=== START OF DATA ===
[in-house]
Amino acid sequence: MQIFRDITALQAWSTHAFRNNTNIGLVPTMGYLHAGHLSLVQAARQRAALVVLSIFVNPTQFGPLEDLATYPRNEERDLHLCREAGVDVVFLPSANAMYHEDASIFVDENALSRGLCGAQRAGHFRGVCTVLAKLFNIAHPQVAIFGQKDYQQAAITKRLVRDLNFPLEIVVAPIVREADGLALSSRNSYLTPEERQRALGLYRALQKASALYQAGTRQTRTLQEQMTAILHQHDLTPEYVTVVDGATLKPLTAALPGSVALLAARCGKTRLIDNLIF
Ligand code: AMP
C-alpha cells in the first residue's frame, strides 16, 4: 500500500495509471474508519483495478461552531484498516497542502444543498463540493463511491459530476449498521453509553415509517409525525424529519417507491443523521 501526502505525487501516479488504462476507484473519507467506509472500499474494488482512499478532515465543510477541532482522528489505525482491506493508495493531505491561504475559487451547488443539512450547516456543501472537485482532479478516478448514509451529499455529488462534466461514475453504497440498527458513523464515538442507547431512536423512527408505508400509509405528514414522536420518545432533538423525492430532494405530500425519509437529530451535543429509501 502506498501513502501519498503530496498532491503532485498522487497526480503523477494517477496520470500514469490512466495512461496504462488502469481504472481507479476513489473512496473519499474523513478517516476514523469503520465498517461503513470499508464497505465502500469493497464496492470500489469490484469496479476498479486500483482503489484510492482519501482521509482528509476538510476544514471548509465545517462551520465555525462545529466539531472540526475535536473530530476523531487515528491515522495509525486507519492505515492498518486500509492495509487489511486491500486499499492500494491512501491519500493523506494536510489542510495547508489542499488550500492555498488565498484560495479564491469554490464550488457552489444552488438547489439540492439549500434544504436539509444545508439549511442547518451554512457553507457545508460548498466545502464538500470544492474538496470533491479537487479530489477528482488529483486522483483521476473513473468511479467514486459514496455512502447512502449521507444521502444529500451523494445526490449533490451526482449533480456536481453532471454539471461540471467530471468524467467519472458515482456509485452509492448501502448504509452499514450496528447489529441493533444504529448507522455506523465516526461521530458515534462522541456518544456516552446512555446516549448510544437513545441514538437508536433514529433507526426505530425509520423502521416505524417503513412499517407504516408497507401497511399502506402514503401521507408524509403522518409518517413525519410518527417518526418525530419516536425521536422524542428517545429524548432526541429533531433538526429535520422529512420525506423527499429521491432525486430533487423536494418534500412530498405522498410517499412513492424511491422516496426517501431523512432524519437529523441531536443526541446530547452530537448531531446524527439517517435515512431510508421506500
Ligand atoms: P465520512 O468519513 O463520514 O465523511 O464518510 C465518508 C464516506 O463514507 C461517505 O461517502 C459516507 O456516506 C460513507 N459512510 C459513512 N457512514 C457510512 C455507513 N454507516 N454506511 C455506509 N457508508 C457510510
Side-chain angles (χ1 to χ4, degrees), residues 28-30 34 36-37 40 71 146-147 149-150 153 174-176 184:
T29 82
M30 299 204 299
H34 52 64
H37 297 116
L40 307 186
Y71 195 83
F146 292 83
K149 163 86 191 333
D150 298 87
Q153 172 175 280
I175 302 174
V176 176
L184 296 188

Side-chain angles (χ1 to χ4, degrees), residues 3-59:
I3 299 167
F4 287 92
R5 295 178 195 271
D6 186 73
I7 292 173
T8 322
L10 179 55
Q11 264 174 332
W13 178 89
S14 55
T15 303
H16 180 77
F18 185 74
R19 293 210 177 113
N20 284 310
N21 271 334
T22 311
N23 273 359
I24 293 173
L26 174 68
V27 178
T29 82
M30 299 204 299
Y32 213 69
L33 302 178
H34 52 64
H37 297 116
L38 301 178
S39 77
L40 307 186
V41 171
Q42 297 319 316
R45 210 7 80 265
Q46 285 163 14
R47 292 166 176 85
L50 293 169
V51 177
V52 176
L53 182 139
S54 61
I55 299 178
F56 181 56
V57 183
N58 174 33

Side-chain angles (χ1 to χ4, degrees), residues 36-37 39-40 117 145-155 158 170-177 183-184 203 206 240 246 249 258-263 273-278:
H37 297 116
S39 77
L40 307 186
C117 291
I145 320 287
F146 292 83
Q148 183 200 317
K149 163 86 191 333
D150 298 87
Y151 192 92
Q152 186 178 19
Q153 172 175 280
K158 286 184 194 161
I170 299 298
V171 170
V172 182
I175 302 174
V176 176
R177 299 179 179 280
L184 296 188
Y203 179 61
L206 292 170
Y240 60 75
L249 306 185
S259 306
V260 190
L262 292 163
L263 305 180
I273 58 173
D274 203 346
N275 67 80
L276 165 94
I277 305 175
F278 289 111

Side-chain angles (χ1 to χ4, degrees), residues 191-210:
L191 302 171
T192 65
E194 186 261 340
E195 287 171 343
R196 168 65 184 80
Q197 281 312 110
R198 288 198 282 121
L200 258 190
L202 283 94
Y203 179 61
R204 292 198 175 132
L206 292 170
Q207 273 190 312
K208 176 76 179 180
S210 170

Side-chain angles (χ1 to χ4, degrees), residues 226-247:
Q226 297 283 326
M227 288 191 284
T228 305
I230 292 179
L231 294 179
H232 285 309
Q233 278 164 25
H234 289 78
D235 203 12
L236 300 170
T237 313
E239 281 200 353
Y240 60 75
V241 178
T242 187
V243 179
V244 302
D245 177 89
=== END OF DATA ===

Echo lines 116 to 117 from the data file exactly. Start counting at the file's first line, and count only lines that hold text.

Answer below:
Side-chain angles (χ1 to χ4, degrees), residues 226-247:
Q226 297 283 326